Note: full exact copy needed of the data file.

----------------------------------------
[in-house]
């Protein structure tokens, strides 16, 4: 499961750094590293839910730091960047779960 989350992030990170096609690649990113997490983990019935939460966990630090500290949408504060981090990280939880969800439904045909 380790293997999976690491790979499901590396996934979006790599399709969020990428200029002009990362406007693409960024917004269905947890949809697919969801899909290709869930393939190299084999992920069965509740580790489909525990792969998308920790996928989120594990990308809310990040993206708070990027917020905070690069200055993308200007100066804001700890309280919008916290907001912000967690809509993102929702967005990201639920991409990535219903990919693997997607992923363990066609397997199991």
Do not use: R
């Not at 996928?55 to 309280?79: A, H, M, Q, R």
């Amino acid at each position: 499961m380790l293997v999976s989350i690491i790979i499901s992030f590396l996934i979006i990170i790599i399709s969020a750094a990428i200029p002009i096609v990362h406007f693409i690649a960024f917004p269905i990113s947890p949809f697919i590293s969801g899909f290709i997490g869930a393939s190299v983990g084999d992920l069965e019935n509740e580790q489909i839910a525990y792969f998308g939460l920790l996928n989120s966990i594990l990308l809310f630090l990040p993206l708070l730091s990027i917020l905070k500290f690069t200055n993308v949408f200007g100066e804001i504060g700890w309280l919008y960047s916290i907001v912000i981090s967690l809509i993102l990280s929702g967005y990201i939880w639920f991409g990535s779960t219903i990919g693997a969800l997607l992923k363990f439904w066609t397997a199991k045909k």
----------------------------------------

[in-house]
């Protein structure tokens, strides 16, 4: 499961750094590293839910730091960047779960 989350992030990170096609690649990113997490983990019935939460966990630090500290949408504060981090990280939880969800439904045909 380790293997999976690491790979499901590396996934979006790599399709969020990428200029002009990362406007693409960024917004269905947890949809697919969801899909290709869930393939190299084999992920069965509740580790489909525990792969998308920790996928989120594990990308809310990040993206708070990027917020905070690069200055993308200007100066804001700890309280919008916290907001912000967690809509993102929702967005990201639920991409990535219903990919693997997607992923363990066609397997199991």
Do not use: R
């Not at 996928?55 to 309280?79: A, H, M, Q, R």
């Amino acid at each position: 499961m380790l293997v999976s989350i690491i790979i499901s992030f590396l996934i979006i990170i790599i399709s969020a750094a990428i200029p002009i096609v990362h406007f693409i690649a960024f917004p269905i990113s947890p949809f697919i590293s969801g899909f290709i997490g869930a393939s190299v983990g084999d992920l069965e019935n509740e580790q489909i839910a525990y792969f998308g939460l920790l996928n989120s966990i594990l990308l809310f630090l990040p993206l708070l730091s990027i917020l905070k500290f690069t200055n993308v949408f200007g100066e804001i504060g700890w309280l919008y960047s916290i907001v912000i981090s967690l809509i993102l990280s929702g967005y990201i939880w639920f991409g990535s779960t219903i990919g693997a969800l997607l992923k363990f439904w066609t397997a199991k045909k």